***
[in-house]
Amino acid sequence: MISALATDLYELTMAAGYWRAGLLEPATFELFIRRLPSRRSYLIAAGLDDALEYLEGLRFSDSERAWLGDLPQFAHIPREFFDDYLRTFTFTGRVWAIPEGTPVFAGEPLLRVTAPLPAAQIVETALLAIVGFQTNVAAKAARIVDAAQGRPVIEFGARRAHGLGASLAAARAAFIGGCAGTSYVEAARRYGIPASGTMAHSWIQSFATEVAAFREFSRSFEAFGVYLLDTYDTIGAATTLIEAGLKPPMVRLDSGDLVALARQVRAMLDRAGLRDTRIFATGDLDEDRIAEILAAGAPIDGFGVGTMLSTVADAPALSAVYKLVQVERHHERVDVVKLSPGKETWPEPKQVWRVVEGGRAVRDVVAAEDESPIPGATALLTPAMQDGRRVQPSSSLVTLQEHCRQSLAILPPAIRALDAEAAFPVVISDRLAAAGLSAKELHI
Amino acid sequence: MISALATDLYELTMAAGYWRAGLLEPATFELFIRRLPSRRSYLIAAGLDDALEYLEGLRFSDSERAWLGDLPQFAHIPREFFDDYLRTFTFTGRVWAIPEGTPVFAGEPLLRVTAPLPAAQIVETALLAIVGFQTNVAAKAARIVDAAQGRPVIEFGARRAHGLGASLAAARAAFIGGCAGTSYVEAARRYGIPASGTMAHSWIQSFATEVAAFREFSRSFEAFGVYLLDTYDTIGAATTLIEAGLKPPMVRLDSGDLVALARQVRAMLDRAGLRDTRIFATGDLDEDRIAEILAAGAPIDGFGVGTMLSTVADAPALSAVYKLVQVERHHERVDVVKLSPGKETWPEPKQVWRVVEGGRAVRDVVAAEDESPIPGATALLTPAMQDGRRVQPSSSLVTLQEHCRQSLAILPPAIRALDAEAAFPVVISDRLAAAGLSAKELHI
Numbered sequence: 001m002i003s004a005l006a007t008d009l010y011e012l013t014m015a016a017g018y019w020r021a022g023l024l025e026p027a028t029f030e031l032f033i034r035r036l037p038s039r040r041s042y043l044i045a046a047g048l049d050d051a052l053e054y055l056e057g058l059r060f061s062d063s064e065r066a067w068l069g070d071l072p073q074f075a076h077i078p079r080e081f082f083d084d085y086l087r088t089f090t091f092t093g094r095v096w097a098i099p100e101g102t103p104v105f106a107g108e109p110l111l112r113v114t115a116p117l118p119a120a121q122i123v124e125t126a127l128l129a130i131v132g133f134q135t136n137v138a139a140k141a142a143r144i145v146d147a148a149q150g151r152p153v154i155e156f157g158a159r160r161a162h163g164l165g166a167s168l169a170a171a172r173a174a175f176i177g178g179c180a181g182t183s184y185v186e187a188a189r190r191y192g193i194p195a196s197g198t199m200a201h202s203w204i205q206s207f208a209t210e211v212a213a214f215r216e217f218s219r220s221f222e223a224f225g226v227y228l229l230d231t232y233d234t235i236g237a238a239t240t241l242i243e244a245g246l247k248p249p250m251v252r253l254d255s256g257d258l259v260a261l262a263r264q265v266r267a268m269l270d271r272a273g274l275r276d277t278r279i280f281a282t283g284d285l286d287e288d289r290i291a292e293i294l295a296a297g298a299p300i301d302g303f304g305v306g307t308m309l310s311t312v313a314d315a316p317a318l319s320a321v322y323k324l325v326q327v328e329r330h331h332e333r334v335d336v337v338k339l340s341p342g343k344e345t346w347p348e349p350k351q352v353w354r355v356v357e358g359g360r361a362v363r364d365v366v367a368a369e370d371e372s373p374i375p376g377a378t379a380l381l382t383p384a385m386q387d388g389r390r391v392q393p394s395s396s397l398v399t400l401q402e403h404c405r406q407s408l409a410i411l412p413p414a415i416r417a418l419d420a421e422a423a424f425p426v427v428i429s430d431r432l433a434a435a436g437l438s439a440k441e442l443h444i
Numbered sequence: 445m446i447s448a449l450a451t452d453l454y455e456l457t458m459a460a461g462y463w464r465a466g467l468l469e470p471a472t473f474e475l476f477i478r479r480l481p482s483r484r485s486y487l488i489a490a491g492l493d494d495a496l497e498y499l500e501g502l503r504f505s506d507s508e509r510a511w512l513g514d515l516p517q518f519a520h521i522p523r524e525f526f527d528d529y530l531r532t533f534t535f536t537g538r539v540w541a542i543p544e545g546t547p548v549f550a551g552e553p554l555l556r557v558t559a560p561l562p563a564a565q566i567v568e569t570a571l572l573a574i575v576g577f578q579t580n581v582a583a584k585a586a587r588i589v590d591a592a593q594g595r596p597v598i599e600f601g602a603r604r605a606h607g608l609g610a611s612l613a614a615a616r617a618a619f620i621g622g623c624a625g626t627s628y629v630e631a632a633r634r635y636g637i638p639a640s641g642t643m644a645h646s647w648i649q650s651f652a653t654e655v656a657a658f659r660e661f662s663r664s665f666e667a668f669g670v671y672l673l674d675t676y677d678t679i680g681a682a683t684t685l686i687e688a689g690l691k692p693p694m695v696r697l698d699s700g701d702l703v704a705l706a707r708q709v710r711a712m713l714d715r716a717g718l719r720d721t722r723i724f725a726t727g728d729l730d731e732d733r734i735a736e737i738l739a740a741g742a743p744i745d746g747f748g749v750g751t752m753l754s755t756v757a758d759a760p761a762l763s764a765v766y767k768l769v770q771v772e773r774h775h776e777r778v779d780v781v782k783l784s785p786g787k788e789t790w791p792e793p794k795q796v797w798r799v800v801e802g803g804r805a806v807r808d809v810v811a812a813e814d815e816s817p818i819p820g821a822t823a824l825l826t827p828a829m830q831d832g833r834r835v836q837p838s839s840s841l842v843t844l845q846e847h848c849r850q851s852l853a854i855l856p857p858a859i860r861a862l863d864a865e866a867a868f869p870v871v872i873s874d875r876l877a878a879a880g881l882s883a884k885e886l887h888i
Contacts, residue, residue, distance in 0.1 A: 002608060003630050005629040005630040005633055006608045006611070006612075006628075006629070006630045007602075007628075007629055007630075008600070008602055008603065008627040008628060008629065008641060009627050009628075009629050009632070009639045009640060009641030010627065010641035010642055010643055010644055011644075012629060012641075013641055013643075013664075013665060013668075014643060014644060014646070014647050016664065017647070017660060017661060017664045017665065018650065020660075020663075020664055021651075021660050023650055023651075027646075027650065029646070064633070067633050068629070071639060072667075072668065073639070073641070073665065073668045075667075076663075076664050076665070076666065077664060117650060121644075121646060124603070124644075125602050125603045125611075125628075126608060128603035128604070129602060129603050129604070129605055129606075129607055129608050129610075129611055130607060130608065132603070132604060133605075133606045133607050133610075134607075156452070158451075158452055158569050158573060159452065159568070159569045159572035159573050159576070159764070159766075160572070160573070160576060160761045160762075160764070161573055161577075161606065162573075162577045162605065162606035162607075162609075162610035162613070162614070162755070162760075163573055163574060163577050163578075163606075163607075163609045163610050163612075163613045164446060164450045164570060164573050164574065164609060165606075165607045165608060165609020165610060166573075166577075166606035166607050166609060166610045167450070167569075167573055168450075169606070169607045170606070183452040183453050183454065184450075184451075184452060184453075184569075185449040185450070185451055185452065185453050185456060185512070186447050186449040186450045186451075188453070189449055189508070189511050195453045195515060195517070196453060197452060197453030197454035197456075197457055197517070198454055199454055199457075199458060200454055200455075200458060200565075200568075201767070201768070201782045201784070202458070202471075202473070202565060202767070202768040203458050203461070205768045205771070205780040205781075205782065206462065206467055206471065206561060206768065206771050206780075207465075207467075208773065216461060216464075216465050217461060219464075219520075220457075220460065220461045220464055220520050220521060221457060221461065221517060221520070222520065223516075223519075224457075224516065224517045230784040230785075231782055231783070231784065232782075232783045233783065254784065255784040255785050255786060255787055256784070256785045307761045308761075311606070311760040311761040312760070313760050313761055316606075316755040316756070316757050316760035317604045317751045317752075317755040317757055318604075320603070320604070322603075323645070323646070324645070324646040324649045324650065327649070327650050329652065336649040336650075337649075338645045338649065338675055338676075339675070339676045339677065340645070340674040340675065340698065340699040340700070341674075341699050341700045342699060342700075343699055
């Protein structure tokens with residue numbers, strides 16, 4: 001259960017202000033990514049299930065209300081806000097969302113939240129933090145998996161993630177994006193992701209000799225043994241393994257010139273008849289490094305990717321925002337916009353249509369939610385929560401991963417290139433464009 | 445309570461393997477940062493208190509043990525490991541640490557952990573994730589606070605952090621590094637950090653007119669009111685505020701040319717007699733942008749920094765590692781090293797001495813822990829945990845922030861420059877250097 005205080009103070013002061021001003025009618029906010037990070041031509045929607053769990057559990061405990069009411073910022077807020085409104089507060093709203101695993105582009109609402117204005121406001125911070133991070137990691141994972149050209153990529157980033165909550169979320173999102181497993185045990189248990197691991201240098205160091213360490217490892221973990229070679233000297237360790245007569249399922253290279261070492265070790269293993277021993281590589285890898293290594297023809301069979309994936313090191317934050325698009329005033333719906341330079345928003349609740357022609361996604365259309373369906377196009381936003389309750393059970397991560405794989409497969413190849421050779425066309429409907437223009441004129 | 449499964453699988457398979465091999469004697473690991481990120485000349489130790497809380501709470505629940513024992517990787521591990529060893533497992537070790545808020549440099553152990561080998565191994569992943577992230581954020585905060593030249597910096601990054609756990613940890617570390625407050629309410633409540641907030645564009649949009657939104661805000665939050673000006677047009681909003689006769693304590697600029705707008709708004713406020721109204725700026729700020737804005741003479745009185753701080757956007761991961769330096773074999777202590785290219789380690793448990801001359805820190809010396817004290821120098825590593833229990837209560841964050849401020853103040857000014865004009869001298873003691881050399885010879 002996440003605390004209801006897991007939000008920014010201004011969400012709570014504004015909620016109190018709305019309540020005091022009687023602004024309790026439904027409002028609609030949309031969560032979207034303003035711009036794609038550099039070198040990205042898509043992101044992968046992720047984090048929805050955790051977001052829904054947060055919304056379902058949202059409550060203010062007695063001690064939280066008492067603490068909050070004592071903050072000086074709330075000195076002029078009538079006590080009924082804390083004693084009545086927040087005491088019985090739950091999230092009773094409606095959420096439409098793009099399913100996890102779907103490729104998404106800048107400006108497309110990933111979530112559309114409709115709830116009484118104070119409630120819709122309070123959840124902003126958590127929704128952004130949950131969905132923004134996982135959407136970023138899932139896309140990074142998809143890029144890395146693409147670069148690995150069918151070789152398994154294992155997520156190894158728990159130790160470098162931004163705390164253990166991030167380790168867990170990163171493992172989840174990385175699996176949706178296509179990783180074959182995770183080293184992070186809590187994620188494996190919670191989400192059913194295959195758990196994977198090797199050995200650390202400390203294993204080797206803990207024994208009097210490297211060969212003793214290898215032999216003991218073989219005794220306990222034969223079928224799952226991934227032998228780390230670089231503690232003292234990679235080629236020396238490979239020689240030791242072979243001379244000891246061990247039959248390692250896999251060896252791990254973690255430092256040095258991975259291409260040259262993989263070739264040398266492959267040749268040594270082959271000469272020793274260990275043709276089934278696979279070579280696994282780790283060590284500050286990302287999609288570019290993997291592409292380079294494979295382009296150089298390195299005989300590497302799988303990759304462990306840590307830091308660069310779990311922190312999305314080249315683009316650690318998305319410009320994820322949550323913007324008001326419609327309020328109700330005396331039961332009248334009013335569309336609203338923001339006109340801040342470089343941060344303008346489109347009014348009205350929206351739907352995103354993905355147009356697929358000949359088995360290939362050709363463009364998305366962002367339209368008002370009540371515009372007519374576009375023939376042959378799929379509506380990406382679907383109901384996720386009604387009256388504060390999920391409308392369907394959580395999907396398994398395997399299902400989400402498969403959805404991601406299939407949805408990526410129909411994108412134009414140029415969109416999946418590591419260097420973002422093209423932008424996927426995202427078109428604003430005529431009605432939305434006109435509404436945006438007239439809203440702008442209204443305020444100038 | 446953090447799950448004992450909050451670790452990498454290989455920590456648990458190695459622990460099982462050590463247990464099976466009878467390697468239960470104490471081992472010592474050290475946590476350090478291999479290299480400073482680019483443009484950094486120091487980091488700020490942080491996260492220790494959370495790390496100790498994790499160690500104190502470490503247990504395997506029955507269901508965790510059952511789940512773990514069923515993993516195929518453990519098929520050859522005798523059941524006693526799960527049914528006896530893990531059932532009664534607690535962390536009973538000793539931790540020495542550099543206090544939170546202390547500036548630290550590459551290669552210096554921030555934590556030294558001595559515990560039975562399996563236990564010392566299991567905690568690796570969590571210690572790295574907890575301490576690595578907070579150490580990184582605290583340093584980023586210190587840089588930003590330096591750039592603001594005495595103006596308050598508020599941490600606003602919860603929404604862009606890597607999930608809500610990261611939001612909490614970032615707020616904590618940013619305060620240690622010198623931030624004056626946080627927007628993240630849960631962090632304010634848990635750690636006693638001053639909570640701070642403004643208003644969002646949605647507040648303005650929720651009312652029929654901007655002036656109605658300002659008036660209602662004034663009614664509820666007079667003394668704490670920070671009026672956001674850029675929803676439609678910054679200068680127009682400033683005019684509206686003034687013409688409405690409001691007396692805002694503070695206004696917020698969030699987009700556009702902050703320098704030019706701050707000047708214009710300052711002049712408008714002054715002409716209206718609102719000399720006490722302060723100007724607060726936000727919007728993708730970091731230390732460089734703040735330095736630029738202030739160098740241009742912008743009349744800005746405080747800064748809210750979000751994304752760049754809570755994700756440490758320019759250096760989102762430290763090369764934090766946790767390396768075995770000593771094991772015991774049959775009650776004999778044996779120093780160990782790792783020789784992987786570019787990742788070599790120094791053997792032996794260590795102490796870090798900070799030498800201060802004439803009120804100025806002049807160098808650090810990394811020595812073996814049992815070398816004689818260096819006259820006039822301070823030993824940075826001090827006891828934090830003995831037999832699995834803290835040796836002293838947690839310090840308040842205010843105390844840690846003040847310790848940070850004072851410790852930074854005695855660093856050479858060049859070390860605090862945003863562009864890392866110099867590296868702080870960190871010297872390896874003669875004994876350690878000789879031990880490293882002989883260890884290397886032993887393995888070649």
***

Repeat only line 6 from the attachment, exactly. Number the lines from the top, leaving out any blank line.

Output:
Contacts, residue, residue, distance in 0.1 A: 002608060003630050005629040005630040005633055006608045006611070006612075006628075006629070006630045007602075007628075007629055007630075008600070008602055008603065008627040008628060008629065008641060009627050009628075009629050009632070009639045009640060009641030010627065010641035010642055010643055010644055011644075012629060012641075013641055013643075013664075013665060013668075014643060014644060014646070014647050016664065017647070017660060017661060017664045017665065018650065020660075020663075020664055021651075021660050023650055023651075027646075027650065029646070064633070067633050068629070071639060072667075072668065073639070073641070073665065073668045075667075076663075076664050076665070076666065077664060117650060121644075121646060124603070124644075125602050125603045125611075125628075126608060128603035128604070129602060129603050129604070129605055129606075129607055129608050129610075129611055130607060130608065132603070132604060133605075133606045133607050133610075134607075156452070158451075158452055158569050158573060159452065159568070159569045159572035159573050159576070159764070159766075160572070160573070160576060160761045160762075160764070161573055161577075161606065162573075162577045162605065162606035162607075162609075162610035162613070162614070162755070162760075163573055163574060163577050163578075163606075163607075163609045163610050163612075163613045164446060164450045164570060164573050164574065164609060165606075165607045165608060165609020165610060166573075166577075166606035166607050166609060166610045167450070167569075167573055168450075169606070169607045170606070183452040183453050183454065184450075184451075184452060184453075184569075185449040185450070185451055185452065185453050185456060185512070186447050186449040186450045186451075188453070189449055189508070189511050195453045195515060195517070196453060197452060197453030197454035197456075197457055197517070198454055199454055199457075199458060200454055200455075200458060200565075200568075201767070201768070201782045201784070202458070202471075202473070202565060202767070202768040203458050203461070205768045205771070205780040205781075205782065206462065206467055206471065206561060206768065206771050206780075207465075207467075208773065216461060216464075216465050217461060219464075219520075220457075220460065220461045220464055220520050220521060221457060221461065221517060221520070222520065223516075223519075224457075224516065224517045230784040230785075231782055231783070231784065232782075232783045233783065254784065255784040255785050255786060255787055256784070256785045307761045308761075311606070311760040311761040312760070313760050313761055316606075316755040316756070316757050316760035317604045317751045317752075317755040317757055318604075320603070320604070322603075323645070323646070324645070324646040324649045324650065327649070327650050329652065336649040336650075337649075338645045338649065338675055338676075339675070339676045339677065340645070340674040340675065340698065340699040340700070341674075341699050341700045342699060342700075343699055